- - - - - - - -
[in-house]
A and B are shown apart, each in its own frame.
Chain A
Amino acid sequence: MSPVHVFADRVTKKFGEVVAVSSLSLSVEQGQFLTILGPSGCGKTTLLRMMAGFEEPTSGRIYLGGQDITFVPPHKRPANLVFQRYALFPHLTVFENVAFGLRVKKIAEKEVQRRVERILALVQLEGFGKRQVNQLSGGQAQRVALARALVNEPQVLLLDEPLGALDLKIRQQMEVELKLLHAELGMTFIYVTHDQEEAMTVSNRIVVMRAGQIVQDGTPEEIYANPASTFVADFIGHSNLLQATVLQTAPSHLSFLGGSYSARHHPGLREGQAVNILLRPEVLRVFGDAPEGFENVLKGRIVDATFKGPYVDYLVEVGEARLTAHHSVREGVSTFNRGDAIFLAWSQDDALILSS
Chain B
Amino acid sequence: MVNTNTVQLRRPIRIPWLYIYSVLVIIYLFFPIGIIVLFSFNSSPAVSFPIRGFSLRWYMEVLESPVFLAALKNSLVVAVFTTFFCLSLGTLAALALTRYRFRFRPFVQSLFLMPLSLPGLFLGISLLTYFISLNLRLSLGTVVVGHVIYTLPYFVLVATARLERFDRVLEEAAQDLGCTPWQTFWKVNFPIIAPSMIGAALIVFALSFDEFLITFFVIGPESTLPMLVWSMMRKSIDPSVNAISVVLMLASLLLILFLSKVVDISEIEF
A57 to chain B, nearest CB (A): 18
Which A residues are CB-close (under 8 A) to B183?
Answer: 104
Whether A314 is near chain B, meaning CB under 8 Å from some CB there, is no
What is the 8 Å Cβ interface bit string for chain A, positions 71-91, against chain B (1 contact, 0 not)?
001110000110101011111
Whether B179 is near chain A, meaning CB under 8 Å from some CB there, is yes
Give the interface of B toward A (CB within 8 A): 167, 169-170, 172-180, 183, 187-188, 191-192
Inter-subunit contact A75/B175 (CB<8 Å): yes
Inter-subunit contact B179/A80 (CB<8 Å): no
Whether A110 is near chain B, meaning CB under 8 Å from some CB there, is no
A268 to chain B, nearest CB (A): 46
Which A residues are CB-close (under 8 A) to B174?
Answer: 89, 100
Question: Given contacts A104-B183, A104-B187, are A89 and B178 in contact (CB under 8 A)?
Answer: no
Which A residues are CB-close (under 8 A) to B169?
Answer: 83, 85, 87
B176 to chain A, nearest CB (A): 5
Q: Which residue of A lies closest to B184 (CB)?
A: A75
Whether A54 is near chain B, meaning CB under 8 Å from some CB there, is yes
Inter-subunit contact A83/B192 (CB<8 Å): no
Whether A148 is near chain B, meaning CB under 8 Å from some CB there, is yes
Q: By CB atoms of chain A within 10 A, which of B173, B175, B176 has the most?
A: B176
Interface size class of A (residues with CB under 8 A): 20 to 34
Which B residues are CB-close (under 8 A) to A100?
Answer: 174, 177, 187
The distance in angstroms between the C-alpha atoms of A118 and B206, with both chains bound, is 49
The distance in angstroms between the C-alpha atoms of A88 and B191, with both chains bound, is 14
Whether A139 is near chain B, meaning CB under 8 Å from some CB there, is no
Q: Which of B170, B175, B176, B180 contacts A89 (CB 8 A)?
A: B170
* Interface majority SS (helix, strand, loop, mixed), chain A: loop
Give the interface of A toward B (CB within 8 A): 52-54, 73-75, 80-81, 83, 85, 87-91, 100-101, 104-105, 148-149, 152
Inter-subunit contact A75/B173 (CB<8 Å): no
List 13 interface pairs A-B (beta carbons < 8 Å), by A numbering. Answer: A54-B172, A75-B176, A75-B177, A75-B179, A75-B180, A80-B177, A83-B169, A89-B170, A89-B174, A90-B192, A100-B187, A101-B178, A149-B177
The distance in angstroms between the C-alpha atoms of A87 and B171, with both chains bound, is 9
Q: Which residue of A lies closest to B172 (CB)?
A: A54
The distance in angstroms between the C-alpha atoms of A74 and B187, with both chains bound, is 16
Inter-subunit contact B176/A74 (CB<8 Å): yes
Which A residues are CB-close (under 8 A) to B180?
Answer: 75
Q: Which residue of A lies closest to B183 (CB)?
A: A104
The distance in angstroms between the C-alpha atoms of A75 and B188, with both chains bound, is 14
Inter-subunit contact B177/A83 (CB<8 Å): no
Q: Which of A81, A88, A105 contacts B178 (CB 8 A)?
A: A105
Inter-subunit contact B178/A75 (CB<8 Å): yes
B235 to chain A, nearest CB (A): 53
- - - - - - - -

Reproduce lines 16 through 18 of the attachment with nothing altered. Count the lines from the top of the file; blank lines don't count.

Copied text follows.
Inter-subunit contact B179/A80 (CB<8 Å): no
Whether A110 is near chain B, meaning CB under 8 Å from some CB there, is no
A268 to chain B, nearest CB (A): 46